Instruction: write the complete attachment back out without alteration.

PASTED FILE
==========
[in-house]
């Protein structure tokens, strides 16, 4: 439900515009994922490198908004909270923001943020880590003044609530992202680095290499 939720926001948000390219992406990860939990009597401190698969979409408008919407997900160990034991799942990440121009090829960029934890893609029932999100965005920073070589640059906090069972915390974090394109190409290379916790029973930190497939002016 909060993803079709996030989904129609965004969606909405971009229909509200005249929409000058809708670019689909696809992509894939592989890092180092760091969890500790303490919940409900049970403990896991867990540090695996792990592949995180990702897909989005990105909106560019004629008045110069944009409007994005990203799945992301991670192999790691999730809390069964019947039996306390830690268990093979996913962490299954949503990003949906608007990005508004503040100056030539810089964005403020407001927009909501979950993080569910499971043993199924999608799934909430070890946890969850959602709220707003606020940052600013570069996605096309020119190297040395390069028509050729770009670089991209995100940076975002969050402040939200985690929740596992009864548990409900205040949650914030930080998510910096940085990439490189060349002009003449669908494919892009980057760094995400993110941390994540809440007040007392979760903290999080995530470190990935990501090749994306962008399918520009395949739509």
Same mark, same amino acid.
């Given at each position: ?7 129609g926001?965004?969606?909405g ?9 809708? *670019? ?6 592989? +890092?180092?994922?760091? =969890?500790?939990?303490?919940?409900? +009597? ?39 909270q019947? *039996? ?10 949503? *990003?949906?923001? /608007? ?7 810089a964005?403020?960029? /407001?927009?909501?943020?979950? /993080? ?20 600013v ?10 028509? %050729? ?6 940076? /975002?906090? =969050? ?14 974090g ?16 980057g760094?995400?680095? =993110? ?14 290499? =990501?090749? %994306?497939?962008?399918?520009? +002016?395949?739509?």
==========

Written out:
[in-house]
């Protein structure tokens, strides 16, 4: 439900515009994922490198908004909270923001943020880590003044609530992202680095290499 939720926001948000390219992406990860939990009597401190698969979409408008919407997900160990034991799942990440121009090829960029934890893609029932999100965005920073070589640059906090069972915390974090394109190409290379916790029973930190497939002016 909060993803079709996030989904129609965004969606909405971009229909509200005249929409000058809708670019689909696809992509894939592989890092180092760091969890500790303490919940409900049970403990896991867990540090695996792990592949995180990702897909989005990105909106560019004629008045110069944009409007994005990203799945992301991670192999790691999730809390069964019947039996306390830690268990093979996913962490299954949503990003949906608007990005508004503040100056030539810089964005403020407001927009909501979950993080569910499971043993199924999608799934909430070890946890969850959602709220707003606020940052600013570069996605096309020119190297040395390069028509050729770009670089991209995100940076975002969050402040939200985690929740596992009864548990409900205040949650914030930080998510910096940085990439490189060349002009003449669908494919892009980057760094995400993110941390994540809440007040007392979760903290999080995530470190990935990501090749994306962008399918520009395949739509």
Same mark, same amino acid.
């Given at each position: ?7 129609g926001?965004?969606?909405g ?9 809708? *670019? ?6 592989? +890092?180092?994922?760091? =969890?500790?939990?303490?919940?409900? +009597? ?39 909270q019947? *039996? ?10 949503? *990003?949906?923001? /608007? ?7 810089a964005?403020?960029? /407001?927009?909501?943020?979950? /993080? ?20 600013v ?10 028509? %050729? ?6 940076? /975002?906090? =969050? ?14 974090g ?16 980057g760094?995400?680095? =993110? ?14 290499? =990501?090749? %994306?497939?962008?399918?520009? +002016?395949?739509?």